Christos Sartzetakis, a former president of Greece, died on Thursday at an Athens hospital where he had been treated for pneumonia. He was 93.
He was a Greek jurist and former supreme justice of the Court of Cassation, who also served as the President of Greece from 1985 to 1990.
Sartzetakis was born in Neapoli, Thessaloniki in 1929.
Sartzetakis was prosecutor in the case of Grigoris Lambrakis
He was the unyielding prosecutor in the sensational case of the assassination of the left-wing member of Parliament Grigoris Lambrakis, committed on May 22, 1963 in Thessaloniki by right-wing extremists. Lambrakis had called for Greece to disarm and withdraw from NATO. Over half a million people attended his funeral.
Despite obstruction of justice by his superiors, Sartzetakis doggedly pursued his investigation to the end. He succeeded in convicting the police officers involved in the murder; they were later rehabilitated by the Greek military junta of 1967-1974.
His zeal to uncover the facts behind the Lambrakis assassination was not based on his political views, but on his professionalism and sense of duty.
The Lambrakis investigation was the theme of the well-known 1966 novel “Z” by Vassilis Vassilikos, and Sartzetakis was portrayed by Jean-Louis Trintignant in the novel’s 1969 film adaptation by Costas Gavras.
The Greek military junta that ruled Greece between 1967-1974 discharged him by a “Constitutional Act” from all his legal functions. He was twice arrested, and imprisoned for almost a year until he was released on November 19, 1971 under mounting international pressure.
From imprisonment to the presidency of Greece
In September 1974, after the toppling of the dictatorship and the restoration of democracy in Greece, Sartzetakis was completely politically rehabilitated.
In the following years, he became chairman of the Court of Appeals and finally, in October 1982, a member of the Court of Cassation. Sartzetakis became a fellow of several international legal societies. He also wrote several legal and political studies.
In March of 1985 the PASOK government headed by Andreas Papandreou proposed his nomination for President of the Hellenic Republic.
He was elected by the parliament to a 5-year term as the fourth President of the Hellenic Republic. Holding no official political affiliation, Sartzetakis was President from March 30, 1985 to May 5, 1990.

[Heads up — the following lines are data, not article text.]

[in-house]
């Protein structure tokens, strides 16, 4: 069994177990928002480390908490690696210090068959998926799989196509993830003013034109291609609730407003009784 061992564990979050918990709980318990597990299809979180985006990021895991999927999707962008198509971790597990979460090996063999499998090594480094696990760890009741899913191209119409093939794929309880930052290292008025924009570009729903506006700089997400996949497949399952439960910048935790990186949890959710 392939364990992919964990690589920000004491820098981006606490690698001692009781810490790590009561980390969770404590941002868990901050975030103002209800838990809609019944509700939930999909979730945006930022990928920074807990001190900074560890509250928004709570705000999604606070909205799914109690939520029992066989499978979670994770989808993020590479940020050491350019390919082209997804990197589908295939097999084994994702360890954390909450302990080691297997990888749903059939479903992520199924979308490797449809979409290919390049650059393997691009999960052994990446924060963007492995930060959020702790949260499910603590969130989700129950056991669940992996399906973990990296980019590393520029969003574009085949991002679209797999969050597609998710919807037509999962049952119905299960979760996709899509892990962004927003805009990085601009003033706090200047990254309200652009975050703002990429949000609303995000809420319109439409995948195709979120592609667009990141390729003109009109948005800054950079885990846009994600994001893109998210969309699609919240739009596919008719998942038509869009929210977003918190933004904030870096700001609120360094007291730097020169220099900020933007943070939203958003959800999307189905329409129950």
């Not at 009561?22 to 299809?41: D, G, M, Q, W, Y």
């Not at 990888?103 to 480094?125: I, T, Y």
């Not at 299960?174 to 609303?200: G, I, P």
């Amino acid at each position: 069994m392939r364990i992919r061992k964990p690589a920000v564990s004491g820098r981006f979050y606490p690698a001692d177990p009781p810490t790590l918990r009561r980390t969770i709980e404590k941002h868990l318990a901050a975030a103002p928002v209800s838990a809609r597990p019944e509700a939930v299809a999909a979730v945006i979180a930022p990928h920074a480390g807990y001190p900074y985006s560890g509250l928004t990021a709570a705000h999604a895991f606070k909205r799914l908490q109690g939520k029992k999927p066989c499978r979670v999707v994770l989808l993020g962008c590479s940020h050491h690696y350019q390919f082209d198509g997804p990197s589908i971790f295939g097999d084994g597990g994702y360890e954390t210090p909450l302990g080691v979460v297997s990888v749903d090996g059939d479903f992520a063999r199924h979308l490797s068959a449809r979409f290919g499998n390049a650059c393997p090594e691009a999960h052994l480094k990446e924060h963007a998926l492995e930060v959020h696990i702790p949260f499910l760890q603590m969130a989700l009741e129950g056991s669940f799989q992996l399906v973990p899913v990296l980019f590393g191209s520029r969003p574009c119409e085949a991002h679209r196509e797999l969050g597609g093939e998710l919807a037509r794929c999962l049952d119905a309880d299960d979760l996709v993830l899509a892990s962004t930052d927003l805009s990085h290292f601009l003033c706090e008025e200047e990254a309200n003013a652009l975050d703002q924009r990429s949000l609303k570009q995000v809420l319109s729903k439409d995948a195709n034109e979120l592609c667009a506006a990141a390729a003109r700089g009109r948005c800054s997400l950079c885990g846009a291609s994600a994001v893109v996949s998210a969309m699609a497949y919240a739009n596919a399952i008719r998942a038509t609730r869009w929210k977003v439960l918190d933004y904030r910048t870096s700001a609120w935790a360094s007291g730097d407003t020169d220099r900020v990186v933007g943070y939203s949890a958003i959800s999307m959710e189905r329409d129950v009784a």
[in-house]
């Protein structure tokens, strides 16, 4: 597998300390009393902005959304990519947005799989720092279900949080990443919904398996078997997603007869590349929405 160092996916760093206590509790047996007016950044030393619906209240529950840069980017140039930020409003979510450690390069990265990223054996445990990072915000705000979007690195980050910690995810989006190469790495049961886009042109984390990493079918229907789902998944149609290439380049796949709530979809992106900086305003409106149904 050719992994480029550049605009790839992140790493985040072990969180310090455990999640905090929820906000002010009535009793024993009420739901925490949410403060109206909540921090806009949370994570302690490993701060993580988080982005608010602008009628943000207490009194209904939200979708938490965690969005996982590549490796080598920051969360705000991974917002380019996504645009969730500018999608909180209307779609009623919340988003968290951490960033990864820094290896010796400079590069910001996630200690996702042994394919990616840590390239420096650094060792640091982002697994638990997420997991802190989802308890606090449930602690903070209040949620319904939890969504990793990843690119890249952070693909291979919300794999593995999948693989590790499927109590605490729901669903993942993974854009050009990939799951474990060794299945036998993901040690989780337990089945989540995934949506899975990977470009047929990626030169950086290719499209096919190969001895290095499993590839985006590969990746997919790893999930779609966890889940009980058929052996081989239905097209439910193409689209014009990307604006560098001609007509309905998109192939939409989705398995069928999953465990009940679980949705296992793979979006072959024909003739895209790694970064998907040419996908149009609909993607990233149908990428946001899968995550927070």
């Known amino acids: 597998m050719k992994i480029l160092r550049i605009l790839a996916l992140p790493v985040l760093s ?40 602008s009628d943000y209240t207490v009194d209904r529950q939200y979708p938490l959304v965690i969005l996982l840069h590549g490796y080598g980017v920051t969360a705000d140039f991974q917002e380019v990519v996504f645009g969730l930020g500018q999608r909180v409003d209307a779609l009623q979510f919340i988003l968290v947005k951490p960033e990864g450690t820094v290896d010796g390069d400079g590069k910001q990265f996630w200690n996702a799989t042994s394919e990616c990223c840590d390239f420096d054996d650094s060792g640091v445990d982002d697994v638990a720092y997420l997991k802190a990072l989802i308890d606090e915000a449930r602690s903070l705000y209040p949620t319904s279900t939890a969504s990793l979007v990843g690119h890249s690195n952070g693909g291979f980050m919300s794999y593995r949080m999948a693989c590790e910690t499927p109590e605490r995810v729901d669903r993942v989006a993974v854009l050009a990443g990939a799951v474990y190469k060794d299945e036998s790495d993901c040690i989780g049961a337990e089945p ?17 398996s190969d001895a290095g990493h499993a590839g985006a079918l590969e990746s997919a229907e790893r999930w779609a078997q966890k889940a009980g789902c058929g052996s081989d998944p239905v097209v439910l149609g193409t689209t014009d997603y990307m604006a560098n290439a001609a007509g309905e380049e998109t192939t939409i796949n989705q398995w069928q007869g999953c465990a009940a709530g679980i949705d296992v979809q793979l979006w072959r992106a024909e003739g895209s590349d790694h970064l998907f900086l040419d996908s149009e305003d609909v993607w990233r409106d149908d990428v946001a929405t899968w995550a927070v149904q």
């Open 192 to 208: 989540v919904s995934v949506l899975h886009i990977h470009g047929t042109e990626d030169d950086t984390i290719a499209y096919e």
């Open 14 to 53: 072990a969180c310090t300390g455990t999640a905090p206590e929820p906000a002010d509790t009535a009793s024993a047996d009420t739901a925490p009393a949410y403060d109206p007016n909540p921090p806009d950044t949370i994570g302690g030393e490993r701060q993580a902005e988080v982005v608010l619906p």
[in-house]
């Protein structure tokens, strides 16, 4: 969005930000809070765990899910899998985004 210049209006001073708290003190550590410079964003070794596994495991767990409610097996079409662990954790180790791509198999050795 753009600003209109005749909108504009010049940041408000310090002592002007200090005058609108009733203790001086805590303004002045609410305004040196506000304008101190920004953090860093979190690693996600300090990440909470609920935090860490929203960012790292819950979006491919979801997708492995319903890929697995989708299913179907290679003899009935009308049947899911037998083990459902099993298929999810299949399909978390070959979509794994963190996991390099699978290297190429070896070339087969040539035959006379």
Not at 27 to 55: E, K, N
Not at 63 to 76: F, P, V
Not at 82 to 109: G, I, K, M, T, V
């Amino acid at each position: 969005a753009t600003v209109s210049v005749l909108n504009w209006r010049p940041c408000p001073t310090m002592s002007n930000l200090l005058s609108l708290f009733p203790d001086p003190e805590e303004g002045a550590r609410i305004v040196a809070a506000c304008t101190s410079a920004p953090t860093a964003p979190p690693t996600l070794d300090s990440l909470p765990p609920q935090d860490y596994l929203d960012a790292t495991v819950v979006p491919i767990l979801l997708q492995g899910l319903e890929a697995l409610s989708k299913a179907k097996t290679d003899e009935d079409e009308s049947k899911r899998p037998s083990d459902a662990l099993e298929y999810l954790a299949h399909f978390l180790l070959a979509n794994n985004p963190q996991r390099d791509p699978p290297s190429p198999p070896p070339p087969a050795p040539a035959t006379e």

Tributes paid to Christos Sartzetakis
President Katerina Sakellaropoulou spoke of a “principled servant of Justice who, in difficult times for the country and its democracy, handled as an investigator the case of the murder of Lambrakis with exemplary independence and judicial ethos, [and] paying…a heavy price in the years of the junta.”
Later, as President of the country, “he honored the office with conscientiousness, dedication and a high sense of responsibility in the exercise of his duties,” she added, extending her condolences to his family.
In his own message, Prime Minister Kyriakos Mitsotakis said Sartzetakis became known for “the denunciation of unconstitutional mechanisms in the Lambraki case. Those who, unfortunately, came to the fore with the seven-year dictatorship, leading to his own persecution.”
Mitsotakis recognized that his party, New Democracy, did not support him in his successful bid for the Presidency in 1985, but “cooperated with him, respecting his constitutional role.”
Movement for Change (KINAL) leader Nikos Androulakis expressed his condolences to the late president’s family, noting that “he was a patriot who consistently served the public interest, Justice and Democracy.”
Androulakis recalled Sartzetakis’ investigation of the Lambrakis murder, adding that his stint as president, after a proposal by socialist PASOK, “contributed to the democratization of institutions with the 1986 Constitutional Review.”
Former socialist premier Costas Simitis said Sartzetakis supported democracy “bravely and stubbornly,” in adverse conditions and expressed his condolences to his family.
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